Alpargatas reported an 11.6 percent increase in net revenues from continuing operations to 1,131.7 million reais (€276.9m-$307.6m) for the fourth quarter ended Dec. 31. Topper and Rainha, two loss-making sports brands being sold by the group, are not included in the figures for Brazil, where the group's sales fell by 3.9 percent to R$730.9 million (€178.8m-$198.7m) due to the economic recession in the country.
Benefiting also from the appreciation of the dollar, the euro, and even the Argentinean peso from the beginning of December, operations outside Brazil came to represent 41 percent of the total turnover and an even higher proportion of the group's profits. In terms of local currencies, Alpargatas' quarterly revenues increased by 6.2 percent in the U.S., by 11.2 percent in Europe, the Middle East and Africa (EMEA) and by 24.7 percent in Argentina.
The company booked a 62.2 percent increase for its Argentinean subsidiary, up to R$2,191.4 million (€536.2m-$595.5m). The international sandals business, represented mainly by sales of Havaianas sandals to foreign distributors and through its subsidiaries in the U.S. and Europe, grew by 47.0 percent to R$109.4 million (€26.8m-$29.7m).
The quarterly gross margin improved by 0.9 percentage points to 42.2 percent, and the best score was achieved by the international sandals operations, where it grew by 9.7 points to 61.4 percent. It helped these operations to turn around in the quarter from a loss to a profit before amortization of R$4.8 million (€1.2m-$1.3m), or an Ebitda margin of 4.4 percent.
Higher operating profits and margins were obtained by Alpargatas Argentina. However, the Ebitda margin in Brazil fell by 5.3 percentage points to 13.0 percent in the quarter, leading the group to report a 33.7 percent lower net income of R$55.4 million (€13.5m-$15.0m) for the period. Adding the losses of discontinued operations, net earnings were down by 43.6 percent to R$47.8 million (€11.7m-$13.0m).
Generally better figures were reported for the full 2015 financial year. The consolidated net income from continuing operations inched up by 0.7 percent to R$287.0 million (€70.2m-$78.0m), due in part to expenses of R$21.4 million (€5.2m-$5.8m) related to the group's recent change in ownership.
The total net revenues from continuing operations increased by 16.6 percent to R$4,126.2 million (€1,010.3m-$1,120.8m), including increases of 2.0 percent in Brazil to R$2,440.9 (€597.7m-$663.0m), 58.1 percent to R$1,018.7 million (€249.3m-$276.5m) in Argentina and 33.1 percent for the international sales business to R$666.6 million (€162.7m-$180.4m).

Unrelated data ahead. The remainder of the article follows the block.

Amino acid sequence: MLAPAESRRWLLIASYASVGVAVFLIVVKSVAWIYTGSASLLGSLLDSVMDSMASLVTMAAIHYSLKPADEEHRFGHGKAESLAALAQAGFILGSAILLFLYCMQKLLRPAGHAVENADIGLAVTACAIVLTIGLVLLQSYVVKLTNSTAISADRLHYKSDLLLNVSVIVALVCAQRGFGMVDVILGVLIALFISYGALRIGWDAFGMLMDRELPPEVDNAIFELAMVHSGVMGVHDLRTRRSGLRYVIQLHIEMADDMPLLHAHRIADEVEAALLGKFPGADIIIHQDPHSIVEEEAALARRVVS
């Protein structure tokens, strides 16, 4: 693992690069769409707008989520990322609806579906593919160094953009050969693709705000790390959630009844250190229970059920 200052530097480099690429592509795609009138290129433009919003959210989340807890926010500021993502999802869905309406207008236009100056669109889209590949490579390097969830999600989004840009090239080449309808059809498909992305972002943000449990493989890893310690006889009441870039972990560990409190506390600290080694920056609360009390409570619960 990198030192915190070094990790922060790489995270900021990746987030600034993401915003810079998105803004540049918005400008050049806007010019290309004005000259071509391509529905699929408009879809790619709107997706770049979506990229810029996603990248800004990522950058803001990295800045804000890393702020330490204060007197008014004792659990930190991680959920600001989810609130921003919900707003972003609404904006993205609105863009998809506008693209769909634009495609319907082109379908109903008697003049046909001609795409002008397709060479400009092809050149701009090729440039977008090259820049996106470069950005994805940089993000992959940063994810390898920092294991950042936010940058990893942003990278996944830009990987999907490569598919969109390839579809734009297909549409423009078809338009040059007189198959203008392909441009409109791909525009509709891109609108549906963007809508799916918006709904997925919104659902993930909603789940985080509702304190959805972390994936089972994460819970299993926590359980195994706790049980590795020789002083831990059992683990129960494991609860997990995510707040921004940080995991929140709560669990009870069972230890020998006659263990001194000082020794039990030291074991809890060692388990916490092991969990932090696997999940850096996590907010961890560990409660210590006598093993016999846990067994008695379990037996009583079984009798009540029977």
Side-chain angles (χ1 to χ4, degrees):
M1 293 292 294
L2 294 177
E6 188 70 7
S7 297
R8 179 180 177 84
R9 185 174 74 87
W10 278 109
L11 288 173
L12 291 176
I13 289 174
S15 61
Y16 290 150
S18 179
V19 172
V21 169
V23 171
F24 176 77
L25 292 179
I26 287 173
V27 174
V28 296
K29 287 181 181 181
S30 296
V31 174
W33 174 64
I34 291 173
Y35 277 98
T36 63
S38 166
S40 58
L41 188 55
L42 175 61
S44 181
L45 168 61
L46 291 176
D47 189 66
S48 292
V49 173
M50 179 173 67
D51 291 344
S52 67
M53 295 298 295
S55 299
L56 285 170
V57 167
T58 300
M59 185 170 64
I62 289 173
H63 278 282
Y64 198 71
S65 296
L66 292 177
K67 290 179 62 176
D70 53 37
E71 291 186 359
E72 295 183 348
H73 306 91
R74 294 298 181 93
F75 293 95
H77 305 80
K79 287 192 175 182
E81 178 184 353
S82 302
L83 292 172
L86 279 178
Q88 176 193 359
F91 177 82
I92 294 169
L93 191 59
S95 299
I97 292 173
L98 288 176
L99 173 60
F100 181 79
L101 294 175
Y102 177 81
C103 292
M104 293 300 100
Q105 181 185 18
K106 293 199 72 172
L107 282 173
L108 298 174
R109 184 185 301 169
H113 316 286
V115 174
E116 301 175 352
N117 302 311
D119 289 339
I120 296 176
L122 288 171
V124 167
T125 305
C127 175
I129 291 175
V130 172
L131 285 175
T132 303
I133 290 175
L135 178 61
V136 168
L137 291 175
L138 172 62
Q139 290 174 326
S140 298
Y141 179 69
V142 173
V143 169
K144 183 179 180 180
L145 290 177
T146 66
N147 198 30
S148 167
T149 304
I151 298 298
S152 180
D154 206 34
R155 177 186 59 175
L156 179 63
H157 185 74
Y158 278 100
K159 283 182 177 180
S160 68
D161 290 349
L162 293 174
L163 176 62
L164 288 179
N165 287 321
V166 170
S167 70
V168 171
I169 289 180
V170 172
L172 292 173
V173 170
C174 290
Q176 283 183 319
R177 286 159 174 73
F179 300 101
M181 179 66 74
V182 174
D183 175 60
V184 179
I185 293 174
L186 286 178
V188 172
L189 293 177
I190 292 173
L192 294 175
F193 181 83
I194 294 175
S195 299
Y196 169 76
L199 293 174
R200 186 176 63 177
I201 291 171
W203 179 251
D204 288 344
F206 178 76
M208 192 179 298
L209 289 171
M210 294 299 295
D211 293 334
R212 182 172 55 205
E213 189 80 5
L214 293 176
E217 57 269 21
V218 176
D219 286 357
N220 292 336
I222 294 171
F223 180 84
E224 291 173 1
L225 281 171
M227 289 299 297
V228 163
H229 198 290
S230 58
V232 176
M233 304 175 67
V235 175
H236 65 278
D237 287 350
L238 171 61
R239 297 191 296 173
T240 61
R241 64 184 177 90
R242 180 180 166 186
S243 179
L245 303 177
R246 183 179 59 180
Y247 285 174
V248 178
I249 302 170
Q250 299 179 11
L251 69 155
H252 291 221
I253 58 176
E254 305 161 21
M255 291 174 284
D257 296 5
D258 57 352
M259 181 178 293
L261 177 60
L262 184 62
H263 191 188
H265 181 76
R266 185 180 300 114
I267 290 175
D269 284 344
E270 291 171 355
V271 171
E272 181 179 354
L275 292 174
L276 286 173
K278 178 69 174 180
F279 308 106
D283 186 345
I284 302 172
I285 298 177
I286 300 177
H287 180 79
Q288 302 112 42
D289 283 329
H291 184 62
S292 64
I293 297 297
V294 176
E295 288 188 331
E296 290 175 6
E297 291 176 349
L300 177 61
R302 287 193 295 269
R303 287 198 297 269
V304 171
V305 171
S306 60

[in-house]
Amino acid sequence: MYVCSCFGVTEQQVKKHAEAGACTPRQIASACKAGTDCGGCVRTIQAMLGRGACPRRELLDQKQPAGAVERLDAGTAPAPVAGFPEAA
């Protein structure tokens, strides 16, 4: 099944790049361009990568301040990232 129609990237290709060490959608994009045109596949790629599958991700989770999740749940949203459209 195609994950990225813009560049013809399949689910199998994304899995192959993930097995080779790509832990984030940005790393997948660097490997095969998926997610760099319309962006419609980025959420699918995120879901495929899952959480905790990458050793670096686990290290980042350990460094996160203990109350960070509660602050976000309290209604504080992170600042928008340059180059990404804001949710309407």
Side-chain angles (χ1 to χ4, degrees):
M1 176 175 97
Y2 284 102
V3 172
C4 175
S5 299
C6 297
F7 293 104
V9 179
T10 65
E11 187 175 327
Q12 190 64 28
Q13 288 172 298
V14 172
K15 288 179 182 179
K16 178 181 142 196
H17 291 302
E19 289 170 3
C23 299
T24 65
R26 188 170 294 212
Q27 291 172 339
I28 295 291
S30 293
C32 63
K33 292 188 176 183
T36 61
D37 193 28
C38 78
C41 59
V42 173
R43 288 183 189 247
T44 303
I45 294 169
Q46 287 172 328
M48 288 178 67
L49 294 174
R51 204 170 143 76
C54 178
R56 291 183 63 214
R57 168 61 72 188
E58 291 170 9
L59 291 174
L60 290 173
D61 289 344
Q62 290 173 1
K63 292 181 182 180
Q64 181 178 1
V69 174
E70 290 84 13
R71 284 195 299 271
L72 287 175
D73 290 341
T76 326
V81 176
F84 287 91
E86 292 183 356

The group's gross margin rose by 1.6 percentage points to 42.6 percent for the year. The Ebitda margin deteriorated in Brazil, falling to 13.2 percent of sales. It improved by 4.2 percentage points to 18.2 percent for the international sandals operations, and by 2.7 percentage points to 11.1 percent in Argentina.
Alpargatas' sales of sporting goods declined by 18.3 percent to R$16.1 million (€3.9m-$4.4m), including a 27.1 percent decline in Brazil to R$7.94 million (€1.9m-$2.1m). In particular, the licensed Mizuno brand suffered a drop of 61 percent in its footwear sales due to a declining market and price competition.
The Havaianas brand became a more important contributor to the group's sales and profits last year. It opened 26 more stores in Brazil and 15 more abroad, making a total of 532 doors. Havaianas became a licensed brand for the 2016 Olympic Games in Rio de Janeiro, coming out with a line of 14 designs that has been on sale since last July.
Together with the lower-priced Dupé brand, Alpargatas sold a total of 234.8 million pairs of sandals last year, 6.5 percent more than in 2014, and at higher average prices. Volumes fell by 7.3 percent to 200.9 million in Brazil and by 1.4 percent to 33.9 million pairs in other markets, but foreign sales of Havaianas sandals alone went up in volume by 11.4 percent in the U.S., by 12.6 percent in Europe and by 2 percent in other export markets. European deliveries benefited from the takeover of the distribution in Germany, Austria and the Benelux countries.
According to Alpargatas, Havaianas' share of the Brazilian market grew by two percentage points last year. Sales of non-footwear products under the brand rose by 61.4 percent in the country, but dropped by 9.9 percent elsewhere. The brand has been gaining brand awareness overseas in the last three years, says the group, mentioning increases measured at 27 percentage points in Australia, 16 points in Italy, 13 points in Spain, 10 points in the U.K. and Japan, six points in France and three points in the U.S.
The divestiture of Topper and Rainha should be completed in April.